Houston-based Compaq will show off the iPaq music player (a home unit for playing MP3 files), an Internet terminal for Microsoft's MSN service, and other next-generation appliances at a press conference next week in New York, according to sources close to the company. The show-and-tell is part of the company's plan to expand into Net devices.
A Compaq spokeswoman declined to discuss unannounced products. Other Compaq executives, however, have said that a consumer product announcement is slated for Aug. 15.
To date, most companies promoting Internet appliances have lost money, but major computer makers are betting that their established brand names, marketing relationships, and extensive distribution and sales networks will lead to success. Besides Compaq, Gateway and Dell Computer are also testing the Net appliance waters.
A crucial part of the strategy for all of these companies is the PC. Many of the new devices, such as MP3 players, will not be sold as separate products. Instead, they will be marketed like scanners, printers and other peripherals connected to PCs.
"It is clear that this is a market that they (the major PC companies) want to get into," said Matt Sargent, an analyst at ARS. "Every time they sell a computer and don't sell consumers an MP3 player right there, they are leaving money on the table."
However, other devices, such as Compaq's MSN Internet appliance, are aimed at people seeking a computer substitute.
While the major computer companies have traditionally been considered manufacturers, in truth most of them focus on marketing and leave actual assembly and substantial portions of product design to other companies.
Compaq's turn toward devices began late last year at Comdex when the company showed off a home Internet terminal code-named Clipper. At the same time, Compaq began to promote the iPaq, a small, stylized, inexpensive PC for corporate buyers.
Although initially identified with the corporate desktop, the iPaq brand soon spread to handhelds, cell phones, two-way pagers and other devices, said Jerry Meerkatz, vice president of Compaq's desktop PC division. The division between consumer and corporate products began to dissolve.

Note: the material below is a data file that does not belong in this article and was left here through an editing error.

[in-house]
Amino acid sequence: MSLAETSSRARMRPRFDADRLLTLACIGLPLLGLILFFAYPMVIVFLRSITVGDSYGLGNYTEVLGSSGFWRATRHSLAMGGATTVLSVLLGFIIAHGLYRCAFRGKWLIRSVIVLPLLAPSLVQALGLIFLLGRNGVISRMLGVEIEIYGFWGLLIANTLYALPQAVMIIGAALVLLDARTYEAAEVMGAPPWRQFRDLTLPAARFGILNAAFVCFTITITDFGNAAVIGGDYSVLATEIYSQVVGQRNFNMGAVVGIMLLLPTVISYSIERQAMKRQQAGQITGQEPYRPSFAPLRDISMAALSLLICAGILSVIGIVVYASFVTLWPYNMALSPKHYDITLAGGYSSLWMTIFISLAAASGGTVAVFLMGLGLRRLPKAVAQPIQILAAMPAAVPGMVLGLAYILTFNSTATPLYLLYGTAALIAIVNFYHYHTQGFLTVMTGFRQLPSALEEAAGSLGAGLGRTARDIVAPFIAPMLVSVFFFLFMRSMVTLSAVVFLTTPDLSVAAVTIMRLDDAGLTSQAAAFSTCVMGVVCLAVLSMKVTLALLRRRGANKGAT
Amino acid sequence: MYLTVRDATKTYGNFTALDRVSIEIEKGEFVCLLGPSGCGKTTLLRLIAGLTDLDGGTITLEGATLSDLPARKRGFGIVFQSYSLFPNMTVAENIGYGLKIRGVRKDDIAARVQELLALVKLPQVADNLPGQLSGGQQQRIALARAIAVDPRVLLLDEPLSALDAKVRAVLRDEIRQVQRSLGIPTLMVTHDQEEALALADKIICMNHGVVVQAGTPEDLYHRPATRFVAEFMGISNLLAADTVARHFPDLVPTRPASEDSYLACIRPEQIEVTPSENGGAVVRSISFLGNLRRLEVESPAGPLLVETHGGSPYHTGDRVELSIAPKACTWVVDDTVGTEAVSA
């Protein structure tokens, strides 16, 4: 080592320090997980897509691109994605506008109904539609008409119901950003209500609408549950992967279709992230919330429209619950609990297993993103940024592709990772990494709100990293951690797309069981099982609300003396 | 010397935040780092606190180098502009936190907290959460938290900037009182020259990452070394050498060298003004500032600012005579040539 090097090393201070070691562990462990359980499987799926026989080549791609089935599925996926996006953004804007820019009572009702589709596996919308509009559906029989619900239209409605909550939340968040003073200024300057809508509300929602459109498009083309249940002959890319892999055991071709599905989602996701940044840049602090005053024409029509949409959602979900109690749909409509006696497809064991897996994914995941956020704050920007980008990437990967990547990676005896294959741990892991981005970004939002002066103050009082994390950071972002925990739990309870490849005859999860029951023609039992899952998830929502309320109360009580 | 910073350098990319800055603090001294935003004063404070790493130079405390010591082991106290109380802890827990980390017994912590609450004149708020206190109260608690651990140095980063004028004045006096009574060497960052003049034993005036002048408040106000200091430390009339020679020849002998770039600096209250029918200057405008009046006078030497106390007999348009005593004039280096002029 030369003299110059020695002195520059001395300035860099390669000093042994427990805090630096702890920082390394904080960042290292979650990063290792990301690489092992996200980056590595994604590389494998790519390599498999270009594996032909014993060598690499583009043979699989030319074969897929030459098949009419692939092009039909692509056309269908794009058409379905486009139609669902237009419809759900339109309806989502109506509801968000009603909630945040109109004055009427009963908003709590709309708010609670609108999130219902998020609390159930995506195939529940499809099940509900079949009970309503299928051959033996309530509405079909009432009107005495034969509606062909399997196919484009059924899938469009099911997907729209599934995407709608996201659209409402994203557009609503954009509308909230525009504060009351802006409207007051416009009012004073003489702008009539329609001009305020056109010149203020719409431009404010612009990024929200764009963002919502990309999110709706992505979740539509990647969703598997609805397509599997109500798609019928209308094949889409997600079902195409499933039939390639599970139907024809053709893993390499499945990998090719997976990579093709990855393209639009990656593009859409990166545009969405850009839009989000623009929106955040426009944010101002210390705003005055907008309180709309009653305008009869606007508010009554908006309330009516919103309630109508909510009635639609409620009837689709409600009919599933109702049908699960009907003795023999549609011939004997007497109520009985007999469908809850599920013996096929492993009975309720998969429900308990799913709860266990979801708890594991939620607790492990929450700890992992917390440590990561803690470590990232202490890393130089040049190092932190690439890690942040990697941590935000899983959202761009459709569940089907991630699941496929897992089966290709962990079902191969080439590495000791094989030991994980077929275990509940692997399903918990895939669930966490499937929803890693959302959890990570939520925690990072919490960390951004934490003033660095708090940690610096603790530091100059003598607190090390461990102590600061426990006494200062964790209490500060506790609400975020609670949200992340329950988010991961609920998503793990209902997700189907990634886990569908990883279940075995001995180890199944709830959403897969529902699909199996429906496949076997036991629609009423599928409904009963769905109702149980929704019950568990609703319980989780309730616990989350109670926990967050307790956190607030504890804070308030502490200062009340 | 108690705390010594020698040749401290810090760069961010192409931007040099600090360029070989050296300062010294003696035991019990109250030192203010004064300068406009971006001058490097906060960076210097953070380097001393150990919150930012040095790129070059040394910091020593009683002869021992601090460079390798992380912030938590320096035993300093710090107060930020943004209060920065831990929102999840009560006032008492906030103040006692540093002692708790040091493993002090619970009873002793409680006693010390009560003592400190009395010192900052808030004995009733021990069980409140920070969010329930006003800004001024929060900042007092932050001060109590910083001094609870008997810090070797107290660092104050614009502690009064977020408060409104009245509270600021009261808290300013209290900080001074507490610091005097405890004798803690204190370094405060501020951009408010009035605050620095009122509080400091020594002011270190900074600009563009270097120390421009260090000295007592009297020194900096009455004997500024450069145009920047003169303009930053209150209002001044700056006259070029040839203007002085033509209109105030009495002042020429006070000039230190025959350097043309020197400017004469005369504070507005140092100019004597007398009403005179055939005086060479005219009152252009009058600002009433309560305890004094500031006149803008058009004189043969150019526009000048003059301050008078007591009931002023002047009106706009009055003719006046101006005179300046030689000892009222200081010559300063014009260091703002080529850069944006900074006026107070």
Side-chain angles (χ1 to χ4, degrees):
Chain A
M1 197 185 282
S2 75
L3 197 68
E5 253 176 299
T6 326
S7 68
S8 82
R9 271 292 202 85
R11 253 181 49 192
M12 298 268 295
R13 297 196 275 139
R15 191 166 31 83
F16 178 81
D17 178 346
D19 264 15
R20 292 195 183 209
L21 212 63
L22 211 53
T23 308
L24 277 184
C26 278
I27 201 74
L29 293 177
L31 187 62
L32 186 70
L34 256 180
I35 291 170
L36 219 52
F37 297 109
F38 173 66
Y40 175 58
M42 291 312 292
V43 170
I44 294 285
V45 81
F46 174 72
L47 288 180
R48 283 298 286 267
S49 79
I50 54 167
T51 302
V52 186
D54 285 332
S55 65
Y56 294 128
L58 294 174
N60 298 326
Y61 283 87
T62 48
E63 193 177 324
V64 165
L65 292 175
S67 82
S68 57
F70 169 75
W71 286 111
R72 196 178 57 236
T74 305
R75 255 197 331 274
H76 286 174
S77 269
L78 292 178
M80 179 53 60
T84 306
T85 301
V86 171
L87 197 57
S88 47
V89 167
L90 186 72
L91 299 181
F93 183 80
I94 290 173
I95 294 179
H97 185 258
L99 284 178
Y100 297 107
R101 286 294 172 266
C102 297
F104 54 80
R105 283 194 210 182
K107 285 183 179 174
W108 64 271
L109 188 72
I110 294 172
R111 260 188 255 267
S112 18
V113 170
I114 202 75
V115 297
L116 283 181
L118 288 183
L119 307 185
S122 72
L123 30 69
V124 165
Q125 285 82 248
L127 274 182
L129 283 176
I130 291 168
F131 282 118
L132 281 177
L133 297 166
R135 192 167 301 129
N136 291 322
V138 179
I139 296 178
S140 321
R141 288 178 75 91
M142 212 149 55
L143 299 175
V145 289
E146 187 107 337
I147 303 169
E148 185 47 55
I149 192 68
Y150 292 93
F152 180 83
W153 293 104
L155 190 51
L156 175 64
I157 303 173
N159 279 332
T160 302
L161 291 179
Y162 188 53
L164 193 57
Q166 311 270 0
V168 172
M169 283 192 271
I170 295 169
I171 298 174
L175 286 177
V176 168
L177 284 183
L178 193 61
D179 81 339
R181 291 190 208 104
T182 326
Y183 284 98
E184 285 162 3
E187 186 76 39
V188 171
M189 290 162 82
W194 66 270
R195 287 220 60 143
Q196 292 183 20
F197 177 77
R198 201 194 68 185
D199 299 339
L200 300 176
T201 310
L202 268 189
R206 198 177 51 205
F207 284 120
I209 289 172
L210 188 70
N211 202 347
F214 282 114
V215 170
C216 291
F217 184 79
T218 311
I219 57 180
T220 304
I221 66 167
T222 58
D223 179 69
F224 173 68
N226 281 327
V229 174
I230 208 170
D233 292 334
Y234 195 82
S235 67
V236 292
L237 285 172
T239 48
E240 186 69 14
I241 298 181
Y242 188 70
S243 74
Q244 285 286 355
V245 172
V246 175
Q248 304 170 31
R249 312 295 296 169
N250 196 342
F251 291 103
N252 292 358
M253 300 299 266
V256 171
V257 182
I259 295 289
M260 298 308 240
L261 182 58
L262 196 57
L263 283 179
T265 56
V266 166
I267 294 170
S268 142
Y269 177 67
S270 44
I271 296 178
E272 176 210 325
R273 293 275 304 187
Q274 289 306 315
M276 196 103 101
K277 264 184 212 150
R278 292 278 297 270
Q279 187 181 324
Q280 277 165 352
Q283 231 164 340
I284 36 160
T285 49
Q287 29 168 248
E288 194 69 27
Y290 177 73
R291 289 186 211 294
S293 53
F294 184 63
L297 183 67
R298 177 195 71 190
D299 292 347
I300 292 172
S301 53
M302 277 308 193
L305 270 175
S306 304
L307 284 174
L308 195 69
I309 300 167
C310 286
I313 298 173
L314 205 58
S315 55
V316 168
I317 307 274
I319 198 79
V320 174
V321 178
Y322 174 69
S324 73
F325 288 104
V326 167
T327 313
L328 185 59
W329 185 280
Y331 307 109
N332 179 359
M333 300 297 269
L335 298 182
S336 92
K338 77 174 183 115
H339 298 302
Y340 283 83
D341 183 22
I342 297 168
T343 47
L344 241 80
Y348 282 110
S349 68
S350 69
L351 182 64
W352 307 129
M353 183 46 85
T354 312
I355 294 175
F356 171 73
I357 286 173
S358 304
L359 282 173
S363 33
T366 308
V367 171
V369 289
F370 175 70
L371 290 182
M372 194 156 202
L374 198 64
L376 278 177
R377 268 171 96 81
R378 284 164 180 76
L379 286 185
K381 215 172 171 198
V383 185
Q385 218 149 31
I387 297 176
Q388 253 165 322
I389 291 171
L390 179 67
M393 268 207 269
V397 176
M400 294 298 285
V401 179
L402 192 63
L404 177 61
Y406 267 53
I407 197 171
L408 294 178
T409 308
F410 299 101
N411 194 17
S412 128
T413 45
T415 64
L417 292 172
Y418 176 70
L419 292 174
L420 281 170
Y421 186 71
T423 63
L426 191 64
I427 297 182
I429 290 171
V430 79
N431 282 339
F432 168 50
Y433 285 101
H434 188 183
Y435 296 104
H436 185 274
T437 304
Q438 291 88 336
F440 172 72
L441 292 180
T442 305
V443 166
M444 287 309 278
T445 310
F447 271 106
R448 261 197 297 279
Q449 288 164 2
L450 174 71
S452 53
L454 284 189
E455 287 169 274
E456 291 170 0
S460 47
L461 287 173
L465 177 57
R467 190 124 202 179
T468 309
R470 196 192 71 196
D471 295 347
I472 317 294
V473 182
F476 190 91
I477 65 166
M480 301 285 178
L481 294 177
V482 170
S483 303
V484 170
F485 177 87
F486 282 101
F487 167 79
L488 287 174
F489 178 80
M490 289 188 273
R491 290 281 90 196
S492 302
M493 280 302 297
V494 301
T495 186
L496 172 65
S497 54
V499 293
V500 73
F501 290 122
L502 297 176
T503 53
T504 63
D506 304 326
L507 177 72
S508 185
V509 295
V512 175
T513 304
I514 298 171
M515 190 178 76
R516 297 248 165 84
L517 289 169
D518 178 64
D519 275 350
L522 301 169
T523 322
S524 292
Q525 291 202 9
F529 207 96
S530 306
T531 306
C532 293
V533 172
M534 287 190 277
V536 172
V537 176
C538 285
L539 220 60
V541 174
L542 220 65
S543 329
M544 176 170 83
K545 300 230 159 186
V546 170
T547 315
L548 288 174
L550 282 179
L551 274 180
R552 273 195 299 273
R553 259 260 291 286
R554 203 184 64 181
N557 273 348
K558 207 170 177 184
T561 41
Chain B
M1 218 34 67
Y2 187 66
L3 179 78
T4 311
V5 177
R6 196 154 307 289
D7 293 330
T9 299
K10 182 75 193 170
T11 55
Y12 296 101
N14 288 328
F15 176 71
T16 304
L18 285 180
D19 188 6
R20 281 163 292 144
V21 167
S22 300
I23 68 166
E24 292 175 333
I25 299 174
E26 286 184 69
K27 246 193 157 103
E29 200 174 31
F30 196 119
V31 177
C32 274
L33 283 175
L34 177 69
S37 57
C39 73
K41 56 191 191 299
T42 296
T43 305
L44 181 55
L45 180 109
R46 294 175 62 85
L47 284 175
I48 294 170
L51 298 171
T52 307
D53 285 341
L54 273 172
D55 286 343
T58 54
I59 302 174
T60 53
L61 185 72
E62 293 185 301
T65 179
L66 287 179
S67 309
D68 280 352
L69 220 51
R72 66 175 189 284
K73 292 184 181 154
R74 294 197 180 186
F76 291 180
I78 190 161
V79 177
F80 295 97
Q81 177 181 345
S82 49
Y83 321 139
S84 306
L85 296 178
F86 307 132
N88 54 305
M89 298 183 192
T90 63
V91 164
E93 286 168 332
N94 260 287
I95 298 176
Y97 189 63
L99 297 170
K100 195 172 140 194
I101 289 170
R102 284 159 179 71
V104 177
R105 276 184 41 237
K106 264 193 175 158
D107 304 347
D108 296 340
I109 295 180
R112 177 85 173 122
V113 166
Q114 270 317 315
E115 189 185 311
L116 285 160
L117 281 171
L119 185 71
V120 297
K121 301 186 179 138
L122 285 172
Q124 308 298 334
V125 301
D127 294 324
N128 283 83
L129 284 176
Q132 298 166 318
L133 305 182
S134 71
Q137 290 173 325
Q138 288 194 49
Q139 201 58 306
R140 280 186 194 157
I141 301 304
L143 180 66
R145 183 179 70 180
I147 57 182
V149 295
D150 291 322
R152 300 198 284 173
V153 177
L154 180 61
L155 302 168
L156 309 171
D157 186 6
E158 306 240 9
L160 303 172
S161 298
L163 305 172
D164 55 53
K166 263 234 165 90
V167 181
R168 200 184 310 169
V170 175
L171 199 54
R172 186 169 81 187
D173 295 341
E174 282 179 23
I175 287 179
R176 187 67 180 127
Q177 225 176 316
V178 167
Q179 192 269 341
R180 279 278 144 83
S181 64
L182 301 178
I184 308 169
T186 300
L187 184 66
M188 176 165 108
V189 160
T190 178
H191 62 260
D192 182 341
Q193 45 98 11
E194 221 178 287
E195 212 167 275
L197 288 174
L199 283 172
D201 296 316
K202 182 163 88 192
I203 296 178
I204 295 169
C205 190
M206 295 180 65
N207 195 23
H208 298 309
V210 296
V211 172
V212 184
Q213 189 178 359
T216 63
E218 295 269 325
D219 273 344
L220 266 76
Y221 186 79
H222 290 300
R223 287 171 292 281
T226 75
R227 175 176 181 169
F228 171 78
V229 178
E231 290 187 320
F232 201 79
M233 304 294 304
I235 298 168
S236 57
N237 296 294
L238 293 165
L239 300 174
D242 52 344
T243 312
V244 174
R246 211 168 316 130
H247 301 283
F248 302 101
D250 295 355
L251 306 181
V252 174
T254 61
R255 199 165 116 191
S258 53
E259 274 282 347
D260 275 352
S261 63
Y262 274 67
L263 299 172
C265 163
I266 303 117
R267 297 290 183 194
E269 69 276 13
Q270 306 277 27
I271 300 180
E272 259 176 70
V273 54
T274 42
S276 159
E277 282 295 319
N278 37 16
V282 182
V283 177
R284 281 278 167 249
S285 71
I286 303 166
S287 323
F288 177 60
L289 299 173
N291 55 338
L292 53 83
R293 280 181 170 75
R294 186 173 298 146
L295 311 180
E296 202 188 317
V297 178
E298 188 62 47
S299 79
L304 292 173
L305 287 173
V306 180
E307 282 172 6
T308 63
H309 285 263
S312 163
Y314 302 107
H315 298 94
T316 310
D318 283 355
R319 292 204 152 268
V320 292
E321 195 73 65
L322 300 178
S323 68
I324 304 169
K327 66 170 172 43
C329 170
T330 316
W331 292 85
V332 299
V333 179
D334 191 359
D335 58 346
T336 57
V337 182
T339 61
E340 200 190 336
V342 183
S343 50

"There's going to be no difference between a consumer and a corporate play going forward," Meerkatz said.
Since then, Compaq has re-branded its handhelds under the iPaq moniker. The original iPaq computer has also been selling well, according to a number of analysts.
In June, Compaq CEO Michael Capellas also announced plans to build MP3 players.
"We're coming out with MP3 players. The Internet will become different types of devices that serve different purposes," Capellas said at the time.
Compaq isn't the first major manufacturer to go down the device path. In April, Gateway announced that it would come out with Internet terminals later this year in conjunction with AOL. In early 2001, the two companies will follow up with a Web pad that can connect directly to the Internet via a wireless modem.
At PC Expo, Dell unveiled the Dell Audio Receiver, a home MP3 player that sells for $199 when bought with a home computer and for $249 on its own.
Similarly, budget PC specialist Emachines in June previewed its MSN Web Companion. The device, about the size of two TV dinners standing on end, will run on Microsoft's Windows CE operating system and connect directly to MSN. It comes with no floppy or CD-ROM drive. Emachines' device will come out later this year.